Archive for November, 2011
A shocking report from Bloomberg reveals the amount of money given to big banks as part of the bailout in 2008 and 2009 was nowhere near what we thought – it was far, far greater.
Apparently, the Federal Reserve committed 7.7 trillion dollars – that’s trillion with a T – as of March, 2009 to rescuing the financial system. To put that number in perspective, it’s half of America’s Gross Domestic Product and half of everything America produced for the entire year.
The extent of the bailout wasn’t known until just recently, as the Federal Reserve and the big banks had been fighting to keep it a secret. Now we all know.
I’m so outraged by this I can barely draft a coherent blog. This is thoroughly disgusting stuff. Our country absolutely killed itself financially to help the banks – in ways we didn’t even realize until just now – and what did it accomplish? How are we better than we were in 2008 or 2009?
For those who want to act like everything here was above board, then you tell me – why was there so much effort to keep this a secret? The failure/refusal to communicate all of this to the American public is truly disgusting and, to me, perhaps the most glaring sign yet that our government and political system needs a complete overhaul. The Fed and the big banks used our money like a game of Monopoly, with no accountability and no strings attached. Everyone – from President Obama to the unemployed and everyone in between – should be outraged and demand widespread change, starting immediately.
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The Sun Sentinel just posted a terrific article about loss-share agreements, which goes a long way to explaining why loan modifications so rarely happen for deserving homeowners.
This is a concept I’ve discussed previously, most recently when BB&T pursued foreclosure on a Mobil gas station owner who was one day late in his monthly mortgage payment.
The Sun Sentinel explains the phenomenon very well with an example.
Suppose the FDIC transfers a $350,000 home loan to Big Bank at a 30% discount ($245,000) with a 90-percent loss-share guarantee. Big Bank then sells the home after a foreclosure for $150,000. According to the FDIC, Big Bank’s “loss” is $200,000 ($350,000 minus $150,000), and a check for $180,000 is sent to cover 90% of the “loss.”
With sale proceeds of $150,000 and loss reimbursement of $180,000, Big Bank just made $85,000 by foreclosing on an American family. Perhaps worse yet, since the FDIC is run by the U.S. Government, it’s American taxpayers who are footing the bill for these “losses.”
So if you’re wondering why loan modifications are so hard to come by, wonder no more. Big Banks profit by foreclosure, and the U.S. Government is largely to blame.
Here is the rest of the article.
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One of the most basic elements of any lawsuit, including a foreclosure lawsuit, is a plaintiff’s obligation to effectuate service of process on a defendant. Service of process is a fundamental tenant of a defendant’s right to due process, as it ensures a defendant knows about a lawsuit and is given an opportunity to defend.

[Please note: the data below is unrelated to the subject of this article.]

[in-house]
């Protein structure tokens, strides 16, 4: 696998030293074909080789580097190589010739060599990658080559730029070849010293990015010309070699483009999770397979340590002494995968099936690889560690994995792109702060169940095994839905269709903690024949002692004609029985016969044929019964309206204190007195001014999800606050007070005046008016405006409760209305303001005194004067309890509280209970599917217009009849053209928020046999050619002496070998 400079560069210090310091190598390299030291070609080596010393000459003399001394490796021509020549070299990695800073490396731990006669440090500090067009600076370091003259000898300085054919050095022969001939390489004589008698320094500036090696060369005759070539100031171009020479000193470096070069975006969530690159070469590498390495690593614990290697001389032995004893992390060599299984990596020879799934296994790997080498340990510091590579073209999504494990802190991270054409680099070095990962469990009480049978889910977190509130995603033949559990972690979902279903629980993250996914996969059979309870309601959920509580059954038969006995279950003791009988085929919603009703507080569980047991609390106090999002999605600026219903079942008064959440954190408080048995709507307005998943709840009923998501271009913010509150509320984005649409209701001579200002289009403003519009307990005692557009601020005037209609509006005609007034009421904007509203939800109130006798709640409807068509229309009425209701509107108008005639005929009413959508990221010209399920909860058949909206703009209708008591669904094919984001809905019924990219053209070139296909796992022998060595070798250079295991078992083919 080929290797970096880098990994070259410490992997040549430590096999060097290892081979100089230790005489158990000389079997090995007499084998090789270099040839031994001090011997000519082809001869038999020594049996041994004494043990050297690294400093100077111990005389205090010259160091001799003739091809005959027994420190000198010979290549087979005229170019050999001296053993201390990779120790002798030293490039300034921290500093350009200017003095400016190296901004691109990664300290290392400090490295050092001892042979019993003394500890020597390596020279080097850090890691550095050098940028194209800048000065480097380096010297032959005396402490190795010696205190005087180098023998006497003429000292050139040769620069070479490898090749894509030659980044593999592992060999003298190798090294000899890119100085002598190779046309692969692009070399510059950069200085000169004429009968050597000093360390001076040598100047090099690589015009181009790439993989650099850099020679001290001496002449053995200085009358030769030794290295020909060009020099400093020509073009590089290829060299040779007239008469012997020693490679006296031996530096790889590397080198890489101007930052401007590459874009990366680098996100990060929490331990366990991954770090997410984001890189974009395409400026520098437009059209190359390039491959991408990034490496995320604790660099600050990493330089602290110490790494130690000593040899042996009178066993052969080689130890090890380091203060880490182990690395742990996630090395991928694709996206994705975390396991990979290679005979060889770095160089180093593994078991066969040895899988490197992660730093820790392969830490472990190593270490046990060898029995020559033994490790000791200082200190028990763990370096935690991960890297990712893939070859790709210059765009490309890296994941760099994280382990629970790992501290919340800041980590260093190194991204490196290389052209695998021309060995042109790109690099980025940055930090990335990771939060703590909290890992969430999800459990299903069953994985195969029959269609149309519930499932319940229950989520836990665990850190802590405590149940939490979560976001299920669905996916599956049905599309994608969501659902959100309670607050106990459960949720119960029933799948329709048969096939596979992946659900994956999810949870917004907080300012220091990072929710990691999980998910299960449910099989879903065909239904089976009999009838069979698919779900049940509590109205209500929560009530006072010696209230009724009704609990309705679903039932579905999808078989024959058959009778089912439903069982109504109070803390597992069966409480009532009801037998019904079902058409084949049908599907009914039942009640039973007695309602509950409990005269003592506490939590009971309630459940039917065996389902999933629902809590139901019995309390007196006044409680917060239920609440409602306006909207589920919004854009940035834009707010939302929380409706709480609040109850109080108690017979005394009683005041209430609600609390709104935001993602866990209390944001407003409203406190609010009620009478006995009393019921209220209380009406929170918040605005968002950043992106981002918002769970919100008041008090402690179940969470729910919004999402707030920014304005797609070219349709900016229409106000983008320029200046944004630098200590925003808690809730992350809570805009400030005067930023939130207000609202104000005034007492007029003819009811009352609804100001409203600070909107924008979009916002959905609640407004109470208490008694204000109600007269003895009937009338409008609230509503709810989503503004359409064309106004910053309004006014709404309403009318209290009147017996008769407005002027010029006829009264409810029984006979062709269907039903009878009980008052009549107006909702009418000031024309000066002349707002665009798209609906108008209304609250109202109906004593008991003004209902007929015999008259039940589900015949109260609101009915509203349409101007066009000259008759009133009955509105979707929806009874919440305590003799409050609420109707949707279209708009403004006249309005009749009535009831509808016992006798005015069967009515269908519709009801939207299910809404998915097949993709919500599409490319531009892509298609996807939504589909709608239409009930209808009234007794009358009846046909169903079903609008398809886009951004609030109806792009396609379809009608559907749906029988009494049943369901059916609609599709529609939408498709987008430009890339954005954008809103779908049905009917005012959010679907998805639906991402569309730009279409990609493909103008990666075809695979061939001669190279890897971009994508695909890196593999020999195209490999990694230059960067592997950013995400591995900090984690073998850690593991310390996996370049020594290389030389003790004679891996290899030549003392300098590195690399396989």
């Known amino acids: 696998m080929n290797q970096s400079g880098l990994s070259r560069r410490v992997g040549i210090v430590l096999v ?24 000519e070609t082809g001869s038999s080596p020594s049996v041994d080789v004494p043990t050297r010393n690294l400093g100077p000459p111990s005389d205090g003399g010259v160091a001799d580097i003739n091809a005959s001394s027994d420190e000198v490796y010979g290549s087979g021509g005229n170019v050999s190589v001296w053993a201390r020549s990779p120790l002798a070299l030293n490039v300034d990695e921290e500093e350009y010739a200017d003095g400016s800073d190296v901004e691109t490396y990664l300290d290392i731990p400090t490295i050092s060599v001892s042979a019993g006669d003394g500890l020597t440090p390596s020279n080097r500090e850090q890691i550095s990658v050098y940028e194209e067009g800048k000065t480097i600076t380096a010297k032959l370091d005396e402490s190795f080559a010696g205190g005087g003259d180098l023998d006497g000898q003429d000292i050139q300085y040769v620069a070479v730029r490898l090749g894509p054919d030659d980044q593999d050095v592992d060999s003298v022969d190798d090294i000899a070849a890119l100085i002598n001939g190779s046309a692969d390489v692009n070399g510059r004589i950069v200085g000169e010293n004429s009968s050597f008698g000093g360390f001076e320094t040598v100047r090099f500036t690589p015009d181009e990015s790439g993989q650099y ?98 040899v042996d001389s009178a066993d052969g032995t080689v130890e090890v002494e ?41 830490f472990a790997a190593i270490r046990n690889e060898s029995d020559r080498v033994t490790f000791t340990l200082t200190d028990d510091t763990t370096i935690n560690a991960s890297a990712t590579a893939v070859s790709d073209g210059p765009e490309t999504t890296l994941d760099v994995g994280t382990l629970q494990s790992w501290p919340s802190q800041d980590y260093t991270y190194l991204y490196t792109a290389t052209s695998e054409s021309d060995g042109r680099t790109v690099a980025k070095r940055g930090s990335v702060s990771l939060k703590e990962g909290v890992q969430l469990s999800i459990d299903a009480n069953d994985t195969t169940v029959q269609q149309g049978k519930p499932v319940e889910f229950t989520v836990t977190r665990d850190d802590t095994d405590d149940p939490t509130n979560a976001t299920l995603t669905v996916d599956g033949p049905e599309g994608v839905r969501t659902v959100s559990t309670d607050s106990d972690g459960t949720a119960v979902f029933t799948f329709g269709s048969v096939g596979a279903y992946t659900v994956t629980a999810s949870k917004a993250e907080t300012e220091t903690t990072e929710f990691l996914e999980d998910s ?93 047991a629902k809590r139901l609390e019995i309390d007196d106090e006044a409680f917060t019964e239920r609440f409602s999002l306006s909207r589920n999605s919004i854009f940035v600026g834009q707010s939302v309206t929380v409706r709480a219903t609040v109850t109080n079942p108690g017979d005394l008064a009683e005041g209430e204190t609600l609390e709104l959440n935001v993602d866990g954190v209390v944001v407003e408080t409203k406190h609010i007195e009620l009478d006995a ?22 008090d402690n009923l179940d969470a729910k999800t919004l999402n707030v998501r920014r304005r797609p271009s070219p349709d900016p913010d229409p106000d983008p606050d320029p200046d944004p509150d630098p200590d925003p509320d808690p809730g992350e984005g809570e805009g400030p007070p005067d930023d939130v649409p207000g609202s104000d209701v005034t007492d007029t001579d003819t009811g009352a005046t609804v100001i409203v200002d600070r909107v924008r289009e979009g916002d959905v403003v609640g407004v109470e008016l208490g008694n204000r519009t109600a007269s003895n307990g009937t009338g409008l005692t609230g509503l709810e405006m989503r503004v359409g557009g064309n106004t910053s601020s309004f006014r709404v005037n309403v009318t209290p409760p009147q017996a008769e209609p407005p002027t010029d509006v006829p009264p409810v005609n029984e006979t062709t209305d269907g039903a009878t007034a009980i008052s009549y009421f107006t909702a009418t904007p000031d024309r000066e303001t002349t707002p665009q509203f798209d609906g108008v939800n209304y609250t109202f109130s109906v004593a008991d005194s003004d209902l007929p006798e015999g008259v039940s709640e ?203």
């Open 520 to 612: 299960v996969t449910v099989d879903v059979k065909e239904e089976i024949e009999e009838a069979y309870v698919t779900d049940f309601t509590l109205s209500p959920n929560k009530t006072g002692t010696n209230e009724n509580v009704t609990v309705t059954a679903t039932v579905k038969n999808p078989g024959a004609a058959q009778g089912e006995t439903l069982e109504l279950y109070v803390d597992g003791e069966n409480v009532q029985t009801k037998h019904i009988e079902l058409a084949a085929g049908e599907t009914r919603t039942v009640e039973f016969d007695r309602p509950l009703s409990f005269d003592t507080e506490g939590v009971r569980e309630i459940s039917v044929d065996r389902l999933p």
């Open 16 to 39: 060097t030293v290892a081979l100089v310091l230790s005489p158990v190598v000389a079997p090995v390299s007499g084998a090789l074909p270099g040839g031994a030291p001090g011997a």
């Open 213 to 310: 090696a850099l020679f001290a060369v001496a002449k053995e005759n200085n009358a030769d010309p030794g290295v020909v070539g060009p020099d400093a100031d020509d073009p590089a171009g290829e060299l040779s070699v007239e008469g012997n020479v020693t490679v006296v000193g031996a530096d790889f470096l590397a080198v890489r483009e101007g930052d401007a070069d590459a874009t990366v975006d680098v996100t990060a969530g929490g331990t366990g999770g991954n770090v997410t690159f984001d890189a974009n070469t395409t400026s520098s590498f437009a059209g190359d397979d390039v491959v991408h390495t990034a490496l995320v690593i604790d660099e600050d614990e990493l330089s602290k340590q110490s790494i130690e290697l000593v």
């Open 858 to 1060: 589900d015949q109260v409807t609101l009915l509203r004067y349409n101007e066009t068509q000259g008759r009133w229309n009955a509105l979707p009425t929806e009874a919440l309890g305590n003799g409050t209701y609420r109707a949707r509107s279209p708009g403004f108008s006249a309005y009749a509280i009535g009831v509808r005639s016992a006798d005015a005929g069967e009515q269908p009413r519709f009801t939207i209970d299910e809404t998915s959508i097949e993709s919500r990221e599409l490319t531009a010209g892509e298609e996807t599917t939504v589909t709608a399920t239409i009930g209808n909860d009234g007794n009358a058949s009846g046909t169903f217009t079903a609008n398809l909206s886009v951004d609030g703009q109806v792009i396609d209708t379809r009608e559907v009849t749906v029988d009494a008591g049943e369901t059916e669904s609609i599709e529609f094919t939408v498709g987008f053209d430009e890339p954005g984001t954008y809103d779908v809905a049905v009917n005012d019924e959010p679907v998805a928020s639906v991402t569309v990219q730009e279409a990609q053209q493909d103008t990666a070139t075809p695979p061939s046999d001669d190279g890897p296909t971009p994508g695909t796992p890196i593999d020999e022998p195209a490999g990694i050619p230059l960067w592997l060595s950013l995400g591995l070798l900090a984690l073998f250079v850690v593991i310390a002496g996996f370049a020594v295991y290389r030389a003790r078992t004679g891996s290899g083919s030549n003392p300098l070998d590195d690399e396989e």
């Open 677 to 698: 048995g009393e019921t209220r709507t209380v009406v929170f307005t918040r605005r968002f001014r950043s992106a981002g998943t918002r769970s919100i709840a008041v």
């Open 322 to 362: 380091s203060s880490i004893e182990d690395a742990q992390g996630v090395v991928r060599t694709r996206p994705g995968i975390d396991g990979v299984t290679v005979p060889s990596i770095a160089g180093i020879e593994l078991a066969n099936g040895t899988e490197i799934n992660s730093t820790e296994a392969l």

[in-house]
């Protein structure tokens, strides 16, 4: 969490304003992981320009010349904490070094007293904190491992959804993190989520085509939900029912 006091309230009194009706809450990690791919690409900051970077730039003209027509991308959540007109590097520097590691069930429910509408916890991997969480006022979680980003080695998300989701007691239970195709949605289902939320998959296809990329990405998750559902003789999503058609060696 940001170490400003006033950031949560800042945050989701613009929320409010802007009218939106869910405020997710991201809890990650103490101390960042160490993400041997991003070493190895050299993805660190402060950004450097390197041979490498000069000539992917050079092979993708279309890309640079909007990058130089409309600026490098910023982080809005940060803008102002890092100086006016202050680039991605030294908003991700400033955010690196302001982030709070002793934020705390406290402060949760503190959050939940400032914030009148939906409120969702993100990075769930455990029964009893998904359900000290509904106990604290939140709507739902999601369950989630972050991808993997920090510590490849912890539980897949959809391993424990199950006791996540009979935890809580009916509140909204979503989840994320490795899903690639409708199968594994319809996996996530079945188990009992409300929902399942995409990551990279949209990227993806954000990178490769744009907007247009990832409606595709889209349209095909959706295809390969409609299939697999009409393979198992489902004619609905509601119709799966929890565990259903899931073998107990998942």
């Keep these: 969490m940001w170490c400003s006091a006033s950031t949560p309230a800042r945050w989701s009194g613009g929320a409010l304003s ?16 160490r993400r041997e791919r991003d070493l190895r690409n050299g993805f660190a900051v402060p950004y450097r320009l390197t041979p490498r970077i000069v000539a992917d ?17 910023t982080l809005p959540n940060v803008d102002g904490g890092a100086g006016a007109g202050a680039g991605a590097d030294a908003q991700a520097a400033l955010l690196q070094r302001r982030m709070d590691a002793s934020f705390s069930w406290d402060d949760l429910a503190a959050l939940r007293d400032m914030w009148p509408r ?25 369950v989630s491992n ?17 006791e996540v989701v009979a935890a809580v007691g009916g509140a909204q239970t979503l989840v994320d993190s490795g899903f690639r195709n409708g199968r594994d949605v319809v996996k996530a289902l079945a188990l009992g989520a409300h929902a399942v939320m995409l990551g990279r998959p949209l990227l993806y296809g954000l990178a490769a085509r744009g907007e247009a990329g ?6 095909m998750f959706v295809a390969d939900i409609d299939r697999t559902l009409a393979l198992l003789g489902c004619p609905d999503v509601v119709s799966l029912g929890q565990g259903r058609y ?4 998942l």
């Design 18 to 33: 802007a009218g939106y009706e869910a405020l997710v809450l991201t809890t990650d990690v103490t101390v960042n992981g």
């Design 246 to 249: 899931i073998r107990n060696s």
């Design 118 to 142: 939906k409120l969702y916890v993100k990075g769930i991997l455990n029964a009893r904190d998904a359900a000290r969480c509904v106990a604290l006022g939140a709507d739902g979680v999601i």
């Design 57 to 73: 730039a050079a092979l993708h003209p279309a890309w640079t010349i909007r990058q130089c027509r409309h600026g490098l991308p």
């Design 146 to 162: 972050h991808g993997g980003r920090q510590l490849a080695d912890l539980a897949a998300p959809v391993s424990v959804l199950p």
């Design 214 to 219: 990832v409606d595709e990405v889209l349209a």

Florida Statutes govern the manner in which service of process must be effectuated. There are many different statutes, and many of them are quite technical, but the most common method of service is set forth in Florida Statute 48.031(1). If you don’t remember anything else about service of process, remember this:
Service of process is made by delivering a copy of it to the person to be served with a copy of the complaint, petition, or other initial pleading or paper or by leaving the copies at his or her usual place of abode with any person residing therein who is 15 years of age or older and informing the person of their contents.
This one sentence sets forth at least three ways in which a defendant can challenge the manner in which service of process is effectuated (in a typical situation). Specifically:
- The process server cannot merely hand-deliver the Summons/Complaint – he/she must also inform the defendant of their contents. (See below for how I utilized this requirement in a pending foreclosure case.)
- The process server cannot give the Summons/Complaint to a child – the person to whom the paperwork is given must be 15 or older.
- If the process server does not serve the defendant personally, then the paperwork must be given to someone who resides at the home where that defendant resides. Service on an overnight guest of the defendant is insufficient. Likewise, if a husband and wife are not living together, then service on one spouse does not constitute service on the other. If the lawsuit is a foreclosure lawsuit, and the property is a rental property, service on the tenants at the property does not constitute valid service against the homeowner.
These requirements sound quite basic, but process servers screw them up all of the time. To illustrate, I had a hearing scheduled for tomorrow in a foreclosure lawsuit on a Motion to Quash Service. My argument was that service should be quashed because the process server did not inform the defendant of the content of the documents when he effectuated service. I wasn’t denying my client received the Summons/Complaint, but that’s not enough – the process server was required to inform my client of the contents.
I can only presume the plaintiff’s lawyer realized my motion was well-taken, because he just cancelled the hearing. Bear in mind – it doesn’t matter that this homeowner was behind on mortgage payments or had been personally served – the fact that the process server failed to inform him of the contents of the documents invalidates the service.